Furthermore, such granular standards that directly prompt inclusion of very specific information also allow for auditing of existing reports with relative ease in comparison to the existing broad standards for which this would be relatively difficult. Easy auditing could be of interest to authors, reviewers, journals, or any other individual or organization for whom systematic reporting quality control is key.


Standards that allow auditing with relative ease could also be translated to in-house record-keeping processes, thereby not only reducing the time required for translation of research notes to publication format but also making inter-laboratory comparisons, quality control, and standardization consistent and practical.

Misinterpretation of standards due to broad and vague phrasing can be minimized by creating more granular standards, in which the required information is defined more explicitly [ 23 ]. As a side effect, an increase in specificity may also lead to greater ease of use and therefore greater reporting compliance [ 24 ]. However, granular and explicit terms make it unrealistic to be broad and all-encompassing, at least initially before such standards have had time to evolve as the research community interacts with them.

Because of this, any initial proposed standard will preferentially favor a certain subset of methods and experimental designs. It should be noted that we, and others before us, do not intend for granularity to subsequently imply the preferred use of particular methods or experimental designs; we aim to address structured reporting only [ 1525 ].

We also claim that progressive standards iteration and collaboration should produce improvements that will incrementally remove any such researcher-driven bias, as the standards gradually evolve to become more broad and all-encompassing while also reflecting the true method and design biases present in the MSI field. Granular items of necessary detail are exemplified by the recent suggestion to include negative controls for analyte delocalization in MSI [ 26 ].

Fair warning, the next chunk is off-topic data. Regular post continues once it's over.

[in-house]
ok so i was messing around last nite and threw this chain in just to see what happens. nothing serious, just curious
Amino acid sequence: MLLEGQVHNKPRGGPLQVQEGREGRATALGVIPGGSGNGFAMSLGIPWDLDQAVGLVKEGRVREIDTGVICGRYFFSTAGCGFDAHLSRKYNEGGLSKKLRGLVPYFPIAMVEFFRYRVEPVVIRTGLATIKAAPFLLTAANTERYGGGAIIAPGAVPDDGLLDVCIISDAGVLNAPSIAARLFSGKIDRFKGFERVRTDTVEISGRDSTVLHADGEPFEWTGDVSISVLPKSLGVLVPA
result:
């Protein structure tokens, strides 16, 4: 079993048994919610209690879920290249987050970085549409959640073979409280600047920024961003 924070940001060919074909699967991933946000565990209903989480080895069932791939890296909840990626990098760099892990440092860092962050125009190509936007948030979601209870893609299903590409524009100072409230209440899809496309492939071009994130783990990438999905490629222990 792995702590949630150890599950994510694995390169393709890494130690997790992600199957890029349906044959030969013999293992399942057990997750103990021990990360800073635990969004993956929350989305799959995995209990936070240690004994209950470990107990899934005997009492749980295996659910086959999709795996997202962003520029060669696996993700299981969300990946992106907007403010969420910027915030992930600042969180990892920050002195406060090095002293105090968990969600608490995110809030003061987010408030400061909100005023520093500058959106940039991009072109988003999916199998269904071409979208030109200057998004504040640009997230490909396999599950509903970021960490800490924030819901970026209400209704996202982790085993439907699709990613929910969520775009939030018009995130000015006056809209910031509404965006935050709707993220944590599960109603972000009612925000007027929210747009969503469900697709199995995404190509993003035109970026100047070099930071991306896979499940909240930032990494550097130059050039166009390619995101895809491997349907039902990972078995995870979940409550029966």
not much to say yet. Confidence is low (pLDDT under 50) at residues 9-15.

This would involve the inclusion of off-tissue spectra in every MSI data acquisition region. The suggestion is a good one and necessary to evaluate sample preparation quality. However, it is narrow in scope and, alone, it is far from sufficiency.

At the other end of the spectrum, the MIRAGE guidelines are a good example of a complete granular standard—to the point of having an explicit list of fields to be filled in. This typifies the prompting concept and is a consequence of the specific requirements of glycomics, as related to the complexity of glycans and their fragility during MS analysis [ 15 ].

Unfortunately, the MSI community did not seem to engage with this initiative. The last contribution was in June and is currently not accessible.

Although potentially less powerful, a practical and, therefore, minimalist standard makes implementation easier. This approach may be the driver needed for tangible reporting improvements. Since then, there has been a need to continue the reporting standards discussion initiated by the MSIS and prompt the community to engage effectively with a standard.

In this context, we bvi a template of reporting fields, MIAMSIE, that directly prompts the collection of very specific granular information, reminiscent of a methods section that lists materials and processes, rather than providing this as prose.

This allows not only straightforward completion but also rapid quantitative evaluation of adherence to the standard when collected in a standardized format. Collating this information is a Herculean task for published studies that follow a sufficient guideline but provide this information as unstructured prose. Given that current sufficient standards suffer from low uptake rates, we also propose that MIAMSIE 50332 initially be abbreviated to prioritize uptake over completeness: The abbreviated reporting template was named MSIcheck.

As is to be expected, both the full and abbreviated versions are suited for different tasks. MIAMSIE is an author-driven reporting aid intended to prompt the user into providing a number of key pieces of granular information [ 15 ], represented as a list of fields that are important for reporting an MSI experiment.

However, the intent is for community engagement to drive expansion to encompass the entirety of the field. The key is to ensure that the ultimate aim of sufficiency in a mature MSI standard is not lost. MSIcheck makes implementation as easy as possible.

It is important to note that it is not a separate standard but rather a subset of MIAMSIE that is designed to be very easy to use in order to achieve more rapid impact. Instead of setting the bar for reporting quality, MSIcheck focuses on absolute key aspects of a report in order to evaluate the current 532 of the field and identify problem points that need to be prioritized.

Note that the intent of MIAMSIE is not to provide a complete, field-wide, reporting template and mechanism that ngi gold-plate adherence to a standard.